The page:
Something of a precursor to the experimental period during which Walt Disney Productions expanded its live-action mandate to include darker subject matter than usual (the era that generated films including 1979’s sci-fi epic The Black Hole), this adventure/fantasy saga almost completely eschews the cutesiness and slapstick normally associated with the Disney brand. It’s not a wholly successful endeavor, particularly since the secret culture revealed midway through the picture turns out be nothing more than a lost tribe of Vikings, but the movie boasts a fair amount of danger, as well as copious amounts of old-school special effects, which are similar to those featured in the studio’s enduring 20,000 Leagues Under the Sea (1954).
Set in 1907, the picture opens in London, where wealthy aristocrat Sir Anthony Ross (Donald Sinden) hires visiting American archaeologist Professor Invarsson (David Hartman) for an expedition to the North Pole. It seems Sir Anthony’s estranged son, Donald (David Gwillim), disappeared while investigating reports of a mysterious island in the Arctic, rumored to be adjacent to a mythical bay where whales go to die. Sir Anthony also hires French aviator Captain Brieux (Jacques Marin), who has built an propeller-driven airship, to provide the expedition’s transportation. Arriving in the Arctic after a few in-flight scares, Sir Anthony’s team discovers that Donald made contact with Vikings who live in a valley that’s heated by a nearby volcano. (Among other practitioners of fantasy fiction, Marvel Comics has employed the same contrivance, although Marvel’s “Savage Land” is in Antarctica.)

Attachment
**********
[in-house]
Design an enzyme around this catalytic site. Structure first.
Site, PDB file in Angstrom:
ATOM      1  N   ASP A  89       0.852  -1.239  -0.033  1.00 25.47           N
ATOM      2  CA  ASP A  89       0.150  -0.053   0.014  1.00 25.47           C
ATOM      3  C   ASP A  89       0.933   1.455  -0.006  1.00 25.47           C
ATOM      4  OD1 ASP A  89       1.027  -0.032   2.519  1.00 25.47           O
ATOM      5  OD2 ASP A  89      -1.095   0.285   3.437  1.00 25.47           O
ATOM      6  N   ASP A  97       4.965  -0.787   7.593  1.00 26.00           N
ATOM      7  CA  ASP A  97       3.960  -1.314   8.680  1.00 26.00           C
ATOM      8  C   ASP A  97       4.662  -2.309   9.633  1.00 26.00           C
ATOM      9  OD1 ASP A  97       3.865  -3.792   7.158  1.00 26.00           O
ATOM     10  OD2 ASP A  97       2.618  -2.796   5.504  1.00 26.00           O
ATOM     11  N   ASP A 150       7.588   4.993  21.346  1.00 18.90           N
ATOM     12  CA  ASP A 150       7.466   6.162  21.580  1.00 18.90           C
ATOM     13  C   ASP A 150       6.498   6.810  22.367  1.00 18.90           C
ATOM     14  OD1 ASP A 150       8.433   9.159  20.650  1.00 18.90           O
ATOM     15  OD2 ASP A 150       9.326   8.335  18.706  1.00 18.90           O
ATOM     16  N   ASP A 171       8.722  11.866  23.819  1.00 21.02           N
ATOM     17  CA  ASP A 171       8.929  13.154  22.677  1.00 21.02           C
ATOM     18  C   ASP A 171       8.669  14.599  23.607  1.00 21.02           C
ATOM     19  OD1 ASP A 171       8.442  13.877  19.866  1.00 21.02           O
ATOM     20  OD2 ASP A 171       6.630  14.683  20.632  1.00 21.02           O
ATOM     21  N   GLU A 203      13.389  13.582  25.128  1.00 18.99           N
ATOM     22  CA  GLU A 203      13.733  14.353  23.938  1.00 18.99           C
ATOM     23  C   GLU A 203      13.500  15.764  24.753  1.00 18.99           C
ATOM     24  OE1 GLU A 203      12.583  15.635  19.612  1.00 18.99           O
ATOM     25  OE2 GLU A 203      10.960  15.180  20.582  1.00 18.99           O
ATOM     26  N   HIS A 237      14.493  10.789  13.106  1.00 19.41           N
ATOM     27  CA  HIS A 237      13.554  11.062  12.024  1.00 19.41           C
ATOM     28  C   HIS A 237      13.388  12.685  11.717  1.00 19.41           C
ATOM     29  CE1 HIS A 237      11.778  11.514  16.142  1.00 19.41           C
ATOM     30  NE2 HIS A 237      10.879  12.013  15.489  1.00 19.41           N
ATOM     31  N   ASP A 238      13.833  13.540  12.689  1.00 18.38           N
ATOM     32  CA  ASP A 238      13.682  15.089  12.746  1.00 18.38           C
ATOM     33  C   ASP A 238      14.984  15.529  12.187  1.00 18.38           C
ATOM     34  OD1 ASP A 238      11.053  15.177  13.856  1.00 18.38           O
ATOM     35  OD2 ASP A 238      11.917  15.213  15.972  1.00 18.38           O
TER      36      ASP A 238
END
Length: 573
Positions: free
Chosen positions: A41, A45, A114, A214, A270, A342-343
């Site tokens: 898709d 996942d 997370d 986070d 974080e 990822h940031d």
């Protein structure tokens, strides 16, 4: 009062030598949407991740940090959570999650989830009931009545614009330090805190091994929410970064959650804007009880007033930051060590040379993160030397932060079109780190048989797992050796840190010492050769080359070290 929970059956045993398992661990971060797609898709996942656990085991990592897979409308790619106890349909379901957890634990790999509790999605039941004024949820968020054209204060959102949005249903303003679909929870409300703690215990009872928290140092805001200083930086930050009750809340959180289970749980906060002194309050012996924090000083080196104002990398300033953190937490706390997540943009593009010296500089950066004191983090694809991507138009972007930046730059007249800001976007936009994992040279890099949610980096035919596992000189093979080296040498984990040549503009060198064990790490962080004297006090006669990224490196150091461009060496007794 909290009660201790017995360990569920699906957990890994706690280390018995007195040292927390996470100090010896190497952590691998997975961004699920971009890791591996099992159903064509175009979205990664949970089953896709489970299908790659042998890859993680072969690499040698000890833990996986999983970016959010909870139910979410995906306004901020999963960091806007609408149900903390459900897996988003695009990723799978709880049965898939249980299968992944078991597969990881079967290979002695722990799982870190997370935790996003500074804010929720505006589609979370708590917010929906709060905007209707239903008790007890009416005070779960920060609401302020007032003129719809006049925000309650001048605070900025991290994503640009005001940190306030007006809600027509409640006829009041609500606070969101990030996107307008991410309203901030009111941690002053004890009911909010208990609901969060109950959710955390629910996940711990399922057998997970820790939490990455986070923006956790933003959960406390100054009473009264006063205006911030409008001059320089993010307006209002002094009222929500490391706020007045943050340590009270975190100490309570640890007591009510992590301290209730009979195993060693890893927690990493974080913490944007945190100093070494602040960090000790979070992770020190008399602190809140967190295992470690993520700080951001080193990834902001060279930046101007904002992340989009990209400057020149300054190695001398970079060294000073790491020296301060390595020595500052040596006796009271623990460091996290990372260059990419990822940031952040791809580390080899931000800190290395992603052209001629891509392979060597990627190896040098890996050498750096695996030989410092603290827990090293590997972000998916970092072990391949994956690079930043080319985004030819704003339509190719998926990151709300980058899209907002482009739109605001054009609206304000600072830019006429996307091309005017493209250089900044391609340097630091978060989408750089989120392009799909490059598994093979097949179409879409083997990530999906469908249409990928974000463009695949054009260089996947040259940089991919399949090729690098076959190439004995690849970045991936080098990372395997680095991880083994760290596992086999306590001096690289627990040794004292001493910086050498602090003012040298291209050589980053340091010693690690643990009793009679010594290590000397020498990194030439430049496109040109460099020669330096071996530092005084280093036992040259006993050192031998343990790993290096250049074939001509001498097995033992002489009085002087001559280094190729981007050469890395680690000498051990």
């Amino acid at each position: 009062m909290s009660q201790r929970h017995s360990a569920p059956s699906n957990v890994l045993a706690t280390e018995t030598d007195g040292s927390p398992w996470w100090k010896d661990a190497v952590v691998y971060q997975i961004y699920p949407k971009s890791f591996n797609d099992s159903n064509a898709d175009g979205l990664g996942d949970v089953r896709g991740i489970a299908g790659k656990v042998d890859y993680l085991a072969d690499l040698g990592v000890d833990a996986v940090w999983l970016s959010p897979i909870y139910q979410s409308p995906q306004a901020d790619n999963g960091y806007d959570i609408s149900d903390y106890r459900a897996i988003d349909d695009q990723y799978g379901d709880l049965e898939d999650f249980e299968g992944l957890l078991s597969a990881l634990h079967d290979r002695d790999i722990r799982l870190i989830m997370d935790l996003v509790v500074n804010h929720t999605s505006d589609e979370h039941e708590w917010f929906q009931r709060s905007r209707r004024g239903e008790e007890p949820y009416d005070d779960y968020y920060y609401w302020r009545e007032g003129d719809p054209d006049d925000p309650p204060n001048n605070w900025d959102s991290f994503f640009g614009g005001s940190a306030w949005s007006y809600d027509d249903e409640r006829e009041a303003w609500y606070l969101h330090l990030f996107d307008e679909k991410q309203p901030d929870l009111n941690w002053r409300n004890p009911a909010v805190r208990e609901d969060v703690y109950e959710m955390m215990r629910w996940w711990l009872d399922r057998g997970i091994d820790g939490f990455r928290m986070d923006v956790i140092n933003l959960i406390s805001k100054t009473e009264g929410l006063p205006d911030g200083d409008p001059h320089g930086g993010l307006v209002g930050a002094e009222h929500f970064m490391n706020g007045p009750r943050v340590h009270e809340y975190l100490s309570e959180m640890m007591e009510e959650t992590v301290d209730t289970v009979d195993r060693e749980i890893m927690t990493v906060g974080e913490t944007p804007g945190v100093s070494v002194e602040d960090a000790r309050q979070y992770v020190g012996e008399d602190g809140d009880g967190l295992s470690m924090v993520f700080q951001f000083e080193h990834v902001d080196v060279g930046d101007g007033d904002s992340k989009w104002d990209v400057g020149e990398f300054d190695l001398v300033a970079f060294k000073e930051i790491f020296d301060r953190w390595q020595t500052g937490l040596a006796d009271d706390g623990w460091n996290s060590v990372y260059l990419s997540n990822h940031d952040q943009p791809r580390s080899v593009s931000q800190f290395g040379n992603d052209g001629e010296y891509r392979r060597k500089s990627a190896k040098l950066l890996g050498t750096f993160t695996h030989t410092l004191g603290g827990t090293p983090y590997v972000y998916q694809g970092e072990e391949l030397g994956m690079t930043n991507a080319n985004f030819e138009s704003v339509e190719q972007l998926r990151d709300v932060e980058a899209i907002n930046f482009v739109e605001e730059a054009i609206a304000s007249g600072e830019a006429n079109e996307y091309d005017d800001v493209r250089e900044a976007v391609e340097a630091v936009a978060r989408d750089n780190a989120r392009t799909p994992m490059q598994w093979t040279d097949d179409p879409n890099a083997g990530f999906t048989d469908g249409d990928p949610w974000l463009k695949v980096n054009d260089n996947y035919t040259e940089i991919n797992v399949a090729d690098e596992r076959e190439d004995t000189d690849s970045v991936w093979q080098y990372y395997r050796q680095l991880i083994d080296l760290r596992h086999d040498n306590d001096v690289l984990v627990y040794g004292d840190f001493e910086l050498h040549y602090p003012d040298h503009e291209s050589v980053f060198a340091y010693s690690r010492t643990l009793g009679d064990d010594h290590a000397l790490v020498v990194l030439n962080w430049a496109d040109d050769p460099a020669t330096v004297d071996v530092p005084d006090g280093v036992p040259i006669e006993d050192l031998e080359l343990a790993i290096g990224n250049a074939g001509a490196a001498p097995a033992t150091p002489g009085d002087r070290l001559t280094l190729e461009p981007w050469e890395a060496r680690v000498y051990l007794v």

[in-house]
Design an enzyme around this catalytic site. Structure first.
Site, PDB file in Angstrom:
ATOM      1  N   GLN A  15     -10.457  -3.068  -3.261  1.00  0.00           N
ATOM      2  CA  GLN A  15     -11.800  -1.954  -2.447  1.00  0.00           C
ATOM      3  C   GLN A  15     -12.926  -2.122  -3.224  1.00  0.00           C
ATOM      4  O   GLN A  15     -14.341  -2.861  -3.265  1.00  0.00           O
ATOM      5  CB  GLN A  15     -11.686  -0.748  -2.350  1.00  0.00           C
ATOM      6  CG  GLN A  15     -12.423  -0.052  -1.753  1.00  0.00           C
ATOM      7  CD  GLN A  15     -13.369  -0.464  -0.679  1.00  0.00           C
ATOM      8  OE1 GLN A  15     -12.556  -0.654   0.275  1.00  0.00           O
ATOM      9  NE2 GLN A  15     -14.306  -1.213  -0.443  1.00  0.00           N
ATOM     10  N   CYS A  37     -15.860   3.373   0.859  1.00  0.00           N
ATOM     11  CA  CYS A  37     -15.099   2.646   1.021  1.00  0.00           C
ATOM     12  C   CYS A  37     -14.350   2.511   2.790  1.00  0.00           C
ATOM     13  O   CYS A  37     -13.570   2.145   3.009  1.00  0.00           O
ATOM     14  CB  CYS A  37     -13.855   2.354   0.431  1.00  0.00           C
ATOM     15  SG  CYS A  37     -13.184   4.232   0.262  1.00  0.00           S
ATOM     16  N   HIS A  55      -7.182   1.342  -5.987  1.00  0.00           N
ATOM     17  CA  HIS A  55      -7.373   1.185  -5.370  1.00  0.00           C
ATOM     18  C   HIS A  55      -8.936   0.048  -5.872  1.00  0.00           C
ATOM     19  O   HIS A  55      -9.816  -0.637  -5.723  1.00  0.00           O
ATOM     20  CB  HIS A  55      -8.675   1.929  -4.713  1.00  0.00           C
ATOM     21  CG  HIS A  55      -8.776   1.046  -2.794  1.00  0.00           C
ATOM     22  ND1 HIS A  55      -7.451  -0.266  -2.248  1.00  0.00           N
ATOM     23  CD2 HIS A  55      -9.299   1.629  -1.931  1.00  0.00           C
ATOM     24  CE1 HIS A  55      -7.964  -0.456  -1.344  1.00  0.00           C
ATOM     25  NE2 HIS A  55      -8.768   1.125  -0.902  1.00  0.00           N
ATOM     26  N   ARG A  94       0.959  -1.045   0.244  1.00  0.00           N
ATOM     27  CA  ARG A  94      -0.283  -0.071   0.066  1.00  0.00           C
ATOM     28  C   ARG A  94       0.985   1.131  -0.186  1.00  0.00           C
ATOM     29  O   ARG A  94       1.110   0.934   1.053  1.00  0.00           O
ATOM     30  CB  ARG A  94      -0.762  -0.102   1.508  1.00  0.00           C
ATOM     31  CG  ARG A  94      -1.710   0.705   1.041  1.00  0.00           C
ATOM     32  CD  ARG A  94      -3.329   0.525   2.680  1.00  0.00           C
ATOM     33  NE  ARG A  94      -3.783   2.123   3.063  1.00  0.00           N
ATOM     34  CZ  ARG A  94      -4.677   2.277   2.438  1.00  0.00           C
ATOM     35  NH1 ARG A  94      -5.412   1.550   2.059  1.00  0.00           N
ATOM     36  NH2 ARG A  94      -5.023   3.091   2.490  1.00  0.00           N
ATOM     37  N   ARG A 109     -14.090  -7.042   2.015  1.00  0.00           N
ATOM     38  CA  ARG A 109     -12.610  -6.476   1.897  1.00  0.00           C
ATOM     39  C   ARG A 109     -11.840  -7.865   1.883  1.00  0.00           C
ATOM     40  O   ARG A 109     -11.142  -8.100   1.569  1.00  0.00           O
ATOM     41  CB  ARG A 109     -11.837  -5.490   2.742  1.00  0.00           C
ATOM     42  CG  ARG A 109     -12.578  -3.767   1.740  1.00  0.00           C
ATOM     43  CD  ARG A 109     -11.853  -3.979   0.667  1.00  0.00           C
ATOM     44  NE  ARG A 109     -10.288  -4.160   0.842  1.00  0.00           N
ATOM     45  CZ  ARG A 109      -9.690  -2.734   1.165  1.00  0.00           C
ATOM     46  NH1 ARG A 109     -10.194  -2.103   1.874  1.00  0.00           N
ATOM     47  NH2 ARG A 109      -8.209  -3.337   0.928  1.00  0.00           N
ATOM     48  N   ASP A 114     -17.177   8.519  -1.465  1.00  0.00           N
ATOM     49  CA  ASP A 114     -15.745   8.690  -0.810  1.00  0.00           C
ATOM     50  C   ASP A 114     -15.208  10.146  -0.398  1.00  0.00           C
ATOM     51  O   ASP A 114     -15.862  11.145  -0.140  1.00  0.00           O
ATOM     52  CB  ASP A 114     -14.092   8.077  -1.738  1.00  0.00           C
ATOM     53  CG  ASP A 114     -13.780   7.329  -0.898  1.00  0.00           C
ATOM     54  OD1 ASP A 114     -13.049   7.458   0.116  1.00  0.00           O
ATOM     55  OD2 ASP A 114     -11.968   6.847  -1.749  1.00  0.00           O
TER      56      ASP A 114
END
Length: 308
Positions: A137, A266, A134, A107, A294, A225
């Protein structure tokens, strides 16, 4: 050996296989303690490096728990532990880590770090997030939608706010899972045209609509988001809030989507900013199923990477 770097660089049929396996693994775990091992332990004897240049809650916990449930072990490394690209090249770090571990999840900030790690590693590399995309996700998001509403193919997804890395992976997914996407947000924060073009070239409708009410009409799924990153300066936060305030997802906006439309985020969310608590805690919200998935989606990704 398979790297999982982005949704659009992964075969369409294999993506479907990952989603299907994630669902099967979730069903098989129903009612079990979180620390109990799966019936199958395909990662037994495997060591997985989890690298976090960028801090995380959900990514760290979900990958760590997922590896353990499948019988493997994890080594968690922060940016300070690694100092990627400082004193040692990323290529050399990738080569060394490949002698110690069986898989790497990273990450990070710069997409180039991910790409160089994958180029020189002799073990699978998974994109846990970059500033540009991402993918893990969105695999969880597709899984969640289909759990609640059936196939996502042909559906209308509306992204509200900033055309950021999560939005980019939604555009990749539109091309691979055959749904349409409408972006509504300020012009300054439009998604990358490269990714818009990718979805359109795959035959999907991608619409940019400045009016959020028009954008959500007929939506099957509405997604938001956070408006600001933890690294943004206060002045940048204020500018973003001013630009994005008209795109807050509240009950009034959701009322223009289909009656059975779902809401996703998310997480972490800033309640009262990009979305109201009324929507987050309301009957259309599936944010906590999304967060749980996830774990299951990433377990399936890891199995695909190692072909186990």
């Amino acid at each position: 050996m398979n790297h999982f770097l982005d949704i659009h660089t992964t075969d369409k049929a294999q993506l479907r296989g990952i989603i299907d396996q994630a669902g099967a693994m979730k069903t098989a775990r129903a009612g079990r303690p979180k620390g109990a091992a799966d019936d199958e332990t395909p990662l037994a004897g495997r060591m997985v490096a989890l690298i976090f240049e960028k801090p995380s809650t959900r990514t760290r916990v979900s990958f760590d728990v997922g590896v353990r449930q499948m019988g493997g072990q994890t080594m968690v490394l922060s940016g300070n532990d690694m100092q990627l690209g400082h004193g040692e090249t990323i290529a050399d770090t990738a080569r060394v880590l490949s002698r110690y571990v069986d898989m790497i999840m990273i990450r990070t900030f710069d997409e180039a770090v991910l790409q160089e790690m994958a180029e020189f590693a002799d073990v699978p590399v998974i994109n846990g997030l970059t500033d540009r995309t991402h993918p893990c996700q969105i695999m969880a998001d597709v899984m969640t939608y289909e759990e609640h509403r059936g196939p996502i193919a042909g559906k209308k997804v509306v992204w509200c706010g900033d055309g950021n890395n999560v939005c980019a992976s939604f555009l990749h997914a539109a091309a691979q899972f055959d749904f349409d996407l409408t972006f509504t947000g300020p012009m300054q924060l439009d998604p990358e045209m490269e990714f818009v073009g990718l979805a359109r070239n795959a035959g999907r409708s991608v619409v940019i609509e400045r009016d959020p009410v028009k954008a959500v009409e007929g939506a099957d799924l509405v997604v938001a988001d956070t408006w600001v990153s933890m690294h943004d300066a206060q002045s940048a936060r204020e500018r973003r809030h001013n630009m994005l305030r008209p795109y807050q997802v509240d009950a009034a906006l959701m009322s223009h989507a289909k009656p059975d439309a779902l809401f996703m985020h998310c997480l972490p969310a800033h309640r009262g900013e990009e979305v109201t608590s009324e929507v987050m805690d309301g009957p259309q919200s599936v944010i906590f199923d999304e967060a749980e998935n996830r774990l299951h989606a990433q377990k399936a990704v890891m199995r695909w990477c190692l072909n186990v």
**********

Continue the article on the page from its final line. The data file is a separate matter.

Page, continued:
The long stretch of running time comprising the adventurers’ clashes with the Vikings is fairly drab, with the Vikings portrayed as superstitious primitives determined to murder outsiders, so the movie loses a great deal of energy in the middle. Things pick up during the extended chase/escape sequence that comprises the movie’s final third, because the heroes slide down chutes inside ice floes, run from lava, and survive an attack by a pod of killer whales.
The acting is as perfunctory as the characterizations (Hartman later quit performing and became a long-running Good Morning, America anchor), but the vintage FX create an almost surrealistic quality—particularly when matted moving objects are partially transparent—while the great composer Maurice Jarre keeps things lively with a robust score. It’s also enjoyable to see the wonderful Japanese character actor Mako contributing a typically zesty performance, although he’s mostly wasted in the stereotypical role of an easily frightened Eskimo who tags along for the journey to the secret island. Adding to the indignity, Mako ends up sharing several of his scenes with Sir Anthony’s pet dog.
The Island at the Top of the World: FUNKY